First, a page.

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Home Magazine [Pest Perspectives] The value of a Thorough Pest Inspection

[Pest Perspectives] The value of a Thorough Pest Inspection

Columns - Pest Perspectives

Kim Kelley-Tunis | July 30, 2013

The inspection is an important part of any integrated pest management program. When done properly, it provides the foundation for the control measures that will be implemented at a home or facility. The inspection not only helps to identify any pests that may currently exist within a structure, but also identify those conditions that may lead to a future pest infestation. The inspection can also help to improve the lines of communication, creating a partnership between the service professional and the customer. However, when an inspection is shortened, especially during the heat of the summer or during the height of the pest season, the impact to a customer or on the service can be devastating. So what can a service professional do to ensure that the customer receives a quality inspection every time?


Come Prepared.
Always come prepared! While a working flashlight is an important tool to have, it is never the only tool. Critical items often are missed during an inspection when the service professional is ill-equipped to conduct the inspection. The inspection tool kit should contain all those items commonly used to gain access to areas that pose a potential risk for a pest infestation. Tools, such as a screwdriver, spatula, and probe, are necessary to gain access to areas where debris and small insects may collect, such as behind electrical outlets, switchplates, and beneath the legs of shelving and equipment. The use of an inspection mirror can be helpful in allowing a visual inspection of areas hard to reach, especially beneath or behind appliances and equipment. Personal protective equipment should also be a part of the inspection toolkit, as they protect the user from many unforeseen hazards that a service professional may contact during the inspection.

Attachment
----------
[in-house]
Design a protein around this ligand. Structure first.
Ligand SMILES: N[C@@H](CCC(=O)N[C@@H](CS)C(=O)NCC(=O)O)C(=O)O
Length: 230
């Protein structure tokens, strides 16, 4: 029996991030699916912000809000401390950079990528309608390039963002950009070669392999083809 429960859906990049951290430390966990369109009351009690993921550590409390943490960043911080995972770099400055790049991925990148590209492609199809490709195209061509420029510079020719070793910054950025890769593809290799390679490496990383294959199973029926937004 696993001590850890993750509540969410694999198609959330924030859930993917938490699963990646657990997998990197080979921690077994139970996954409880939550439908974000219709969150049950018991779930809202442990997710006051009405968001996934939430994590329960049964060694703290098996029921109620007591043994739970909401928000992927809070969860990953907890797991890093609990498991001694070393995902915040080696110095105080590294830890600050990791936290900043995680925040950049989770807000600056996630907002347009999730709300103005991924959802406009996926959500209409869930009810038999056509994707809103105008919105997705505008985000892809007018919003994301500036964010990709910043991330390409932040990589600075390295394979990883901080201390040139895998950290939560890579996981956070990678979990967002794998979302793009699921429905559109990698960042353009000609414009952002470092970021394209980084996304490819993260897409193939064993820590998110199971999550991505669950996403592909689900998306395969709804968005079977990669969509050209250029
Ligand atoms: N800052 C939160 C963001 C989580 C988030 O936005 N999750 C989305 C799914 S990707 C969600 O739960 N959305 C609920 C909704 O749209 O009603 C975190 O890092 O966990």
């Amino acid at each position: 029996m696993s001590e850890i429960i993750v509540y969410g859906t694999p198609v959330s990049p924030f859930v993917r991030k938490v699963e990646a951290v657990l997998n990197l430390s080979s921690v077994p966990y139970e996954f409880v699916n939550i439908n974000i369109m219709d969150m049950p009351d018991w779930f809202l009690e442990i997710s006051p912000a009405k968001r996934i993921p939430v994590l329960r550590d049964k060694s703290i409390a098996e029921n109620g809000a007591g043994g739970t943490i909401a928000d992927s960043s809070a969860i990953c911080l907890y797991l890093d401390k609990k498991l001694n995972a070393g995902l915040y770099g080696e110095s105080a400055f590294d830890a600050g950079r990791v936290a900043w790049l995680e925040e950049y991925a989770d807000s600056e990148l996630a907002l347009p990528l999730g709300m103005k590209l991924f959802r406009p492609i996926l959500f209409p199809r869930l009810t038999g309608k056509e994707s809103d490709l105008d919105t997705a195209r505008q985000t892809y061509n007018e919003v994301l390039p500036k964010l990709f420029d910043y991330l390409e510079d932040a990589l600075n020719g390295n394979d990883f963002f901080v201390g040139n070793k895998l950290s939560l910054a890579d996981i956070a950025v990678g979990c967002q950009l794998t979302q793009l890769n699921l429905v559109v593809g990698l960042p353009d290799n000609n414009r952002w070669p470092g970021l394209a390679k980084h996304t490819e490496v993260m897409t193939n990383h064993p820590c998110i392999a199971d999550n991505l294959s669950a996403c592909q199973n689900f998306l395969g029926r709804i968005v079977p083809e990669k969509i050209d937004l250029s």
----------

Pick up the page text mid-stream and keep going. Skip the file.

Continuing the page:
Conducive Conditions.
It is commonplace to focus all the attention on the pests that are most visible at the time of the inspection. However, identifying those conditions that may lead to a potential infestation also is critical in preventing any current and future infestations. It may be as simple as locating the source of food for an ongoing cockroach infestation, or as difficult as identifying a pallet in the middle of a warehouse with a mouse nest that is contributing to a rodent infestation. Whatever the case, identifying these conditions early can help to reduce the potential for an infestation later, thus reducing the need for additional control measures and service time.


Monitor Beyond Devices.
The placement of monitoring devices in a home or facility is vital to the success of a control program. However, they are not a substitute for a thorough visual inspection away from the devices. The same is true of monitors and glueboards placed in the traps around commercial facilities. Information collected from these monitors only provides a small snapshot into what is happening within the entire home or facility. Inspecting beyond these devices, or beyond the traps, provides a wider view of the pest situation.


Identify Pest Trends.
Each account is unique and it is important to identify those pest trends unique to your customer. Using information found during previous inspections and services, current pest activity, or information based on the seasonality of specific pests, a service professional can identify the most vulnerable areas of a home or facility and implement a program that more effectively reduces both current and future pest problems.


Document Your Findings.
Lastly, it is important to provide the customer with written documentation of all that was found during the inspection. The inspection report provides the customer with a blueprint for their home or facility detailing what was found, what needs to be done, and what can be expected. This documentation is more than just a report of your findings — it’s proof to your customer that you were actively working to protect their home or facility. It helps create a partnership between the service professional and the client and constantly reinforces the trust that the client has in your company.


The author is Rollins’ technical services director. She can be reached at kkelley@giemedia.com.